Stephanie Pappas
Live Science
September 27, 2012

Taylor Santos, 15, was swatted by her male vice principal for
allegedly letting a classmate copy her homework.

In a seemingly counterintuitive move, a Texas school district has changed its policies to allow opposite-gender faculty to paddle students after a controversy regarding two high-school girls being paddled by a male vice principal.

As the district loosens its corporal punishment rules, researchers and child-development experts have turned against physical discipline of children, linking it to increased aggression, anxiety and depression in kids. Physical discipline in adolescents may be particularly harmful.

“People quite often see that it stops the [bad] behavior today or it stops the behavior this week,” said Andrew Grogan-Kaylor, a professor of social work at the University of Michigan who has studied physical punishment internationally. “I think we’re just less able to see that it’s a really powerful negative shaper of behavior over time.”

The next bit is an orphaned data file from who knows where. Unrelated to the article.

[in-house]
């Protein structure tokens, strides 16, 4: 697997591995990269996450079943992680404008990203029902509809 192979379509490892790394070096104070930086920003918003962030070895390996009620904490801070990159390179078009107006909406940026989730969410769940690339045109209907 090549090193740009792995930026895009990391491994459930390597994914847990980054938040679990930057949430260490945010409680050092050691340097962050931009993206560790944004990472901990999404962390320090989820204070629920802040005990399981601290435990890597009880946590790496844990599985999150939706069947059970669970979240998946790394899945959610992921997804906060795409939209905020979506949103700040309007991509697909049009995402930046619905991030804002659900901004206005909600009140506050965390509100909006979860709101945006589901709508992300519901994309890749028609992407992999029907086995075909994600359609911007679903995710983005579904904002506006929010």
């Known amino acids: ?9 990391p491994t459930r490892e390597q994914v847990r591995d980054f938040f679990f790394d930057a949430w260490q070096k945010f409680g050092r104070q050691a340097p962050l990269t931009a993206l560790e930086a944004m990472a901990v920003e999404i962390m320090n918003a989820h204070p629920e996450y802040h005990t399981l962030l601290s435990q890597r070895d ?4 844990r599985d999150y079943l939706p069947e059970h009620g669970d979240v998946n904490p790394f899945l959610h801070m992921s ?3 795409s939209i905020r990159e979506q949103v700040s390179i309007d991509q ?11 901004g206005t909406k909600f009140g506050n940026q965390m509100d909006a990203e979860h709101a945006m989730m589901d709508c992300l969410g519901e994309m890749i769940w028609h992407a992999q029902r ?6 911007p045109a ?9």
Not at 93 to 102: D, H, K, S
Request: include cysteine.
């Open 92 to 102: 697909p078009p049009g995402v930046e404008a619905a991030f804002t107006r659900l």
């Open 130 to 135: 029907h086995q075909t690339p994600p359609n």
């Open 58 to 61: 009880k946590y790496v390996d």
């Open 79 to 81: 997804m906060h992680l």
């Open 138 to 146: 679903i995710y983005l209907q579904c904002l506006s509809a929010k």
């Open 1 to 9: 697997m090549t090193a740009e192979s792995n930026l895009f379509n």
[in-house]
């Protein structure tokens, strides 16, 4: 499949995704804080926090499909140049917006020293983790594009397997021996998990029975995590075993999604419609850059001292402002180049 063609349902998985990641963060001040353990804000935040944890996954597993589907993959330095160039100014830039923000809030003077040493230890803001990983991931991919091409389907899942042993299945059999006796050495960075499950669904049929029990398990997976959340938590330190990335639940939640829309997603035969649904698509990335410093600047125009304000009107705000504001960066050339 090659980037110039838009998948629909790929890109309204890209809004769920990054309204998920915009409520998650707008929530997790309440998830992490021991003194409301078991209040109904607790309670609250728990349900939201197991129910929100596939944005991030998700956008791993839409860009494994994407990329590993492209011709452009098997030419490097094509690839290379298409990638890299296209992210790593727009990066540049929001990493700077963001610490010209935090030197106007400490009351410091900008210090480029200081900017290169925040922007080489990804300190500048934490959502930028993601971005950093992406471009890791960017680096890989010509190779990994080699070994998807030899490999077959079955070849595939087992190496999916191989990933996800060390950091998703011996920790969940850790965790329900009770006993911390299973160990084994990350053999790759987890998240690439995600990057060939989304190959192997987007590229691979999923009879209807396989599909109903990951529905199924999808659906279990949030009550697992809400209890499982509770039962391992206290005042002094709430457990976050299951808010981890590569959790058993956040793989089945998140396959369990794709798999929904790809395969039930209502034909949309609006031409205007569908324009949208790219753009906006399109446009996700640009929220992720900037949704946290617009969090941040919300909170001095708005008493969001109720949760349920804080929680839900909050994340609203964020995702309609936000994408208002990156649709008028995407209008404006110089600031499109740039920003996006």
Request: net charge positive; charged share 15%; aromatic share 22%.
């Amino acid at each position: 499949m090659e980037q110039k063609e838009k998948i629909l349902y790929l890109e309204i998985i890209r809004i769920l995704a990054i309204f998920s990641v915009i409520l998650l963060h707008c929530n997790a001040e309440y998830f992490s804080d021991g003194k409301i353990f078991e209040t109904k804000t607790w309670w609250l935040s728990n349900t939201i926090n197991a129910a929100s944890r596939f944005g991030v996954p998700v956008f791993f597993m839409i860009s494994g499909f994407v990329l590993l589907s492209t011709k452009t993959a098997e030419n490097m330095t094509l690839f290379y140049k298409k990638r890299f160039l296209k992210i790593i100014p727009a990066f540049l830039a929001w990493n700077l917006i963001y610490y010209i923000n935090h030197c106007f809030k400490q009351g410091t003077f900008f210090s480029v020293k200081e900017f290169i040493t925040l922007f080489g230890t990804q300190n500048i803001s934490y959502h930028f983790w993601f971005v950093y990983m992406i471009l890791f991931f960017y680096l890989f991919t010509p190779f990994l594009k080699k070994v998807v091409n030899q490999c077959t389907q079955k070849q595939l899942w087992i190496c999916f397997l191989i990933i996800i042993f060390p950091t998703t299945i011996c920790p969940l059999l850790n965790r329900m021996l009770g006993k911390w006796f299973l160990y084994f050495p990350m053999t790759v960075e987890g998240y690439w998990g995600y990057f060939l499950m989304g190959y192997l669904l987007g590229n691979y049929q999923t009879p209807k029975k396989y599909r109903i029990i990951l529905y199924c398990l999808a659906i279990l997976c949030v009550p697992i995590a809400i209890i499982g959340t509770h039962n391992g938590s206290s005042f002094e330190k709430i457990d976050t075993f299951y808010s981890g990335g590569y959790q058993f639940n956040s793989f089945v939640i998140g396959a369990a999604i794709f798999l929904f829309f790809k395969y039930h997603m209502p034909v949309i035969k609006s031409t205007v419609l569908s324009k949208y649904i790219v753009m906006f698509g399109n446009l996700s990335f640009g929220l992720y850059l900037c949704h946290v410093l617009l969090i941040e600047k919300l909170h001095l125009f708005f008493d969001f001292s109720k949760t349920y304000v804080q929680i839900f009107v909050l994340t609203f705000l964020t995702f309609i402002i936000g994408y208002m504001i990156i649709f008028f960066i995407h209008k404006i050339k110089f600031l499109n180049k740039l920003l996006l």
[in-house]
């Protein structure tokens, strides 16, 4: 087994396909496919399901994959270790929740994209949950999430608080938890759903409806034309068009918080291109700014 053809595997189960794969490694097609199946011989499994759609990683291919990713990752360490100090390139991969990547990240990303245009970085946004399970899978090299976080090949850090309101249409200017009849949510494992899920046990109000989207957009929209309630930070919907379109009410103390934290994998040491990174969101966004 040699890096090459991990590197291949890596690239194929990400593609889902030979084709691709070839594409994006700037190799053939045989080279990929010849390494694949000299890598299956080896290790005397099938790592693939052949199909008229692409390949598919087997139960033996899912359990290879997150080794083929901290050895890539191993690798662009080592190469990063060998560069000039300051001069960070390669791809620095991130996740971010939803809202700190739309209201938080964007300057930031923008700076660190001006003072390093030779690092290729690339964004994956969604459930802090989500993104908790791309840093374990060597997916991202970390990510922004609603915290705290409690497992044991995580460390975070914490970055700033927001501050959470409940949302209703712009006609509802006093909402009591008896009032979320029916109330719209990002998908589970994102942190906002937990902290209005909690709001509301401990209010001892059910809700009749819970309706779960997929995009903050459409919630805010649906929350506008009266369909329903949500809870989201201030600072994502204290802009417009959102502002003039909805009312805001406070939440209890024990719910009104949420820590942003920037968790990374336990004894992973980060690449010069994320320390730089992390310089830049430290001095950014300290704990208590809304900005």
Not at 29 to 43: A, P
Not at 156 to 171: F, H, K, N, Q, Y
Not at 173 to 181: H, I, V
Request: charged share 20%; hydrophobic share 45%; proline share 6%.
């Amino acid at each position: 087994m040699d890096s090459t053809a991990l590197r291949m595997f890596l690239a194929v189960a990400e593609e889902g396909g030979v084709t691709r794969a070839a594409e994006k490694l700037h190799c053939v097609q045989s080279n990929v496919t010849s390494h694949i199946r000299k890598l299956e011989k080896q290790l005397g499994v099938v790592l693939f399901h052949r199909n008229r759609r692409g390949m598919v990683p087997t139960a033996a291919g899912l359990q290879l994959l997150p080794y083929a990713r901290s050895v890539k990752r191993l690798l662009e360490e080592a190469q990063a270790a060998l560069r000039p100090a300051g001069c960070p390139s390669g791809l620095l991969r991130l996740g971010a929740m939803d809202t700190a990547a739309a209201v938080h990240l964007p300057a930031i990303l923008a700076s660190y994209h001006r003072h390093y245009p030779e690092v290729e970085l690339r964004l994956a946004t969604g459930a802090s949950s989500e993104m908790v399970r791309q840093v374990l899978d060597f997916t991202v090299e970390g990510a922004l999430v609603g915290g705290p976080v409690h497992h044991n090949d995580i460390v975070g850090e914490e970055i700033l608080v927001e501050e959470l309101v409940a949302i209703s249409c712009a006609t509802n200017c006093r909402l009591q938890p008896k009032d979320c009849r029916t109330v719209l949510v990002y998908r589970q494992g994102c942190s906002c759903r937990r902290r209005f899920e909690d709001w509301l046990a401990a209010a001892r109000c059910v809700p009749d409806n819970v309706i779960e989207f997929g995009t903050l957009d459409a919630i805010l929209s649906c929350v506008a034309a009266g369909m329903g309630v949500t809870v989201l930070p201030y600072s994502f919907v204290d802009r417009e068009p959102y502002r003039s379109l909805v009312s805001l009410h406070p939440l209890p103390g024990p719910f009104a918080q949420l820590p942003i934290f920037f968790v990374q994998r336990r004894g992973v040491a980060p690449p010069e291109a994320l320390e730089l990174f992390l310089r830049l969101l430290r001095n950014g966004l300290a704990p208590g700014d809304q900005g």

[…] On Monday night (Sept. 24), the school district responded to the controversy by altering their policy to allow opposite-sex faculty to spank students. Texas is one of the 19 states where school corporal punishment is still legal, according to the nonprofit Center for Effective Discipline. In 2005-2006, the most recent school year data is available, about 1 percent of Texas students were physically punished, according to the Center’s data. That year, Mississippi schools engaged in the most corporal punishment compared with the other 18 states, with 7.5 percent of students getting paddled.

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